Rebranding adjustment: the World Bank and “development policy support lending”

24 July 2002

Structural adjustment had become unspeakable – fortunately the World Bank has come up with a new name. Content is less likely to change.

The Bank is considering renaming adjustment lending ‘development policy support lending’, but there are few signs that this will entail significant changes. The Bank argues that revision of its 1992 directive on structural adjustment will in fact only ratify changes that have already occurred. Renaming adjustment is supposed to reflect the shift from a short-term macro economic focus to longer-term concerns. The Bank claims that despite the “mixed performance” of adjustment lending in the 1980s, in the 1990s “the performance of adjustment has improved sharply as the lessons from experience and research evaluations were built into operations”. However many independent studies suggest adjustment has resulted in far less satisfactory outcomes in terms of human development, including in the 1990s (See SAPRIN findings overwhelming, Bretton Woods Update 28).

Following the adjustment lending retrospective initiated last year, the World Bank has issued a discussion paper for consultation before revising and reformatting its operational directive. The Bank sees this update as an opportunity to “better align” with the Monterrey consensus, the Poverty Reduction Strategy Papers approach and the IMF. The new policy attempts to take stock of lessons on adjustment, including the Structural Adjustment Review Initiative.

Among the issues the Bank’s Board will look at is the share of Bank loans devoted to policy-based lending. According to the Bank’s Articles of Agreement, World Bank loans should be limited to specific projects “except in special circumstances”. In recent years “special circumstances” have been subject to broad interpretation but the Bank says the share of policy-based lending has been limited to 25 per cent. There are serious reasons to believe that this formal ceiling will be removed to make way for case-by-case assessment by the Board. While some NGOs see policy-based lending as a constraint on countries budgetary sovereignty, others argue that budget support leaves governments with more flexibility than project loans.

But what will really be subject to debate seems limited. The operational policy will limit its application to Bank support for a specifically defined portion of a country’s reform program, focus on mandatory policy provisions distinct from desirable good practices, and “focus on the ‘when’ and the ‘how’ of Bank policy-based lending support for country reform programs, rather than on the nature of the country programs themselves”. As a consequence, the new policy, in contrast with the old one, would not include guidance on ‘development paradigm’ areas such as public finances, trade policy, privatisation, etc. Bank research and ‘knowledge management’ would provide World Bank views and good practice.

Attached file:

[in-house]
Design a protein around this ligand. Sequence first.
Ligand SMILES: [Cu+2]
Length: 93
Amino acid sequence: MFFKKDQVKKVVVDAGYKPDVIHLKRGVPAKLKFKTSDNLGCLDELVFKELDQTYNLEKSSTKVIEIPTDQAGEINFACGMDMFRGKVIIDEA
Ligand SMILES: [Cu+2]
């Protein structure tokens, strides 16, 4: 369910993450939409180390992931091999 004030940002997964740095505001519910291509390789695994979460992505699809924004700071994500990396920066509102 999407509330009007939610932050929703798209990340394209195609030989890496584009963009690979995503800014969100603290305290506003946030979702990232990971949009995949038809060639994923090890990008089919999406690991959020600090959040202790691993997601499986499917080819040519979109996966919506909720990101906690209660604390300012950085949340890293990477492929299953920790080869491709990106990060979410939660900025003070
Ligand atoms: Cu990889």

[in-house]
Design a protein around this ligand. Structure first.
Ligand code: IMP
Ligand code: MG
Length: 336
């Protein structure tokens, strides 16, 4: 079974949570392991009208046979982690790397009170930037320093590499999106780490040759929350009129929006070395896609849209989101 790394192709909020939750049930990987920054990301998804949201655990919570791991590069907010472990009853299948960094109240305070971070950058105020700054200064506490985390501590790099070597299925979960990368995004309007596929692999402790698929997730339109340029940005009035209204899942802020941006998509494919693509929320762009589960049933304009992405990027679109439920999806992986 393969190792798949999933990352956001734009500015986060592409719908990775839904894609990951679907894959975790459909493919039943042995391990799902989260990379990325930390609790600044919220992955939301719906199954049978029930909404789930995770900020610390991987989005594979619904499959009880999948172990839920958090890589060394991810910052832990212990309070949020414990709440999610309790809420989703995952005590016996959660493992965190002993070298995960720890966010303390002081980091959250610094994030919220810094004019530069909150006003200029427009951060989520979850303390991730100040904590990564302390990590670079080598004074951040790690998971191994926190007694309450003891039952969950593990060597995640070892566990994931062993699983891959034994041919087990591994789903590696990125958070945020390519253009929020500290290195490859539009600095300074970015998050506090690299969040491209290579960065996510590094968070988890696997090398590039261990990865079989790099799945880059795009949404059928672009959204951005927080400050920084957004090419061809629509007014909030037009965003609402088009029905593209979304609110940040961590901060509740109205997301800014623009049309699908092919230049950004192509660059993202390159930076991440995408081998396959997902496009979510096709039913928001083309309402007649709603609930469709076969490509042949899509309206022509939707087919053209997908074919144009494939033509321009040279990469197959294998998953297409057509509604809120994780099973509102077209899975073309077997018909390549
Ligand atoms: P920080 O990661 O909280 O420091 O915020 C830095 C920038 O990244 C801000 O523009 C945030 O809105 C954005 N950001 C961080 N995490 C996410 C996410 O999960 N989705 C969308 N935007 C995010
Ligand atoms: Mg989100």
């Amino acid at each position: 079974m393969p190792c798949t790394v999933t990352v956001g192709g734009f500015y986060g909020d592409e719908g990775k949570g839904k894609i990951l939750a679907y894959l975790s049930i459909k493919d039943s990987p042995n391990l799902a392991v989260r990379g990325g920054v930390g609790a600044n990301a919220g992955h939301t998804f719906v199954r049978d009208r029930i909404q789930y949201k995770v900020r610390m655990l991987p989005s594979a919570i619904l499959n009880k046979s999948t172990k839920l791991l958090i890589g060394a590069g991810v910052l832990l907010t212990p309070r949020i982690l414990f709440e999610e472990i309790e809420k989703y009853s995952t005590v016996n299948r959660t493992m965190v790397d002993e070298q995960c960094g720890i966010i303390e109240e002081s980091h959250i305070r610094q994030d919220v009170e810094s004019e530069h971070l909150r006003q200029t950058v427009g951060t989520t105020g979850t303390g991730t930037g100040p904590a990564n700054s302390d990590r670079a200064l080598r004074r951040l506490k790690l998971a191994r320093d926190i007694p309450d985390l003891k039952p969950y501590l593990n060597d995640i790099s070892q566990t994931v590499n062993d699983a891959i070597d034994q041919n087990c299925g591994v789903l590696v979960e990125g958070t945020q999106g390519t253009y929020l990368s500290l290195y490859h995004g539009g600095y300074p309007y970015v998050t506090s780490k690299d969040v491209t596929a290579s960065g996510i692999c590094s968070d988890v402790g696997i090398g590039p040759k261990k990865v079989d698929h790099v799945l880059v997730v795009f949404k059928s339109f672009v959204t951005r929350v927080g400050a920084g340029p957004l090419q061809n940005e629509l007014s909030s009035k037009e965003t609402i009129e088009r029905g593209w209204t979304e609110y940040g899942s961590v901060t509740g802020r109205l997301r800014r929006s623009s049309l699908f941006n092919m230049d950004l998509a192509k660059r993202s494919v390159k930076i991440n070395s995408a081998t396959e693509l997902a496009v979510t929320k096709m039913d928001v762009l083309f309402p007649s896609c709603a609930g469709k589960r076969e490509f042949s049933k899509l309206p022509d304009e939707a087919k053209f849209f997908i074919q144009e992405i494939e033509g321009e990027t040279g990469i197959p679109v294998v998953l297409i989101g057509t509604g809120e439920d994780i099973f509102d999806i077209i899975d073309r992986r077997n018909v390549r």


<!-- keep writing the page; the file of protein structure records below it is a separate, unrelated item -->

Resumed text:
The increasing tendency towards less mandatory directives, more desirable ‘good practice’ is said to reflect recognition by the Bank that “there is no single blueprint for reform that will work in all countries”. Whether World Bank staff will use this flexibility to depart from the Washington/Monterrey consensus is doubtful. Moreover, not making policy assumptions explicit means they are not openly discussed, while the conversion could have provided an opportunity for such a discussion. While proposing a framework to assess possible impacts of structural adjustment lending on poverty or the environment, the current issue paper tends to focus instead on design and implementation of structural adjustment lending.

The design of the consultation process is also a cause for concern. The consultation plan was still vague by the time of the first consultation in London in mid-July. Regional consultations will include meetings in Africa, South and East Asia, Latin America and the Middle East. Major concerns had already been raised by more than a hundred NGOs last year in the early stages of the process. They called for an adequate time frame and access to information, as well as mechanisms to ensure accountability and broad-based participation, such as an independent external facilitator. It seems that most if not all of these concerns have been overlooked in the current process, adding to suspicions that the World Bank sees this consultation merely as a ‘ticking the box’ exercise.

When a name gets embarrassing

Then… …Now
Philip Morris Altria
Andersen Consulting Accenture
PriceWaterHouseCooper Monday
Thomson Thales
Compagnie Générale des Eaux Vivendi Universal
British Petroleum bp (“Beyond Petroleum”)
Structural Adjustment Development policy support

World Bank discussion paper and consultation plan

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NGOs 2001 letter

NGO possible strategies

WB 2001 response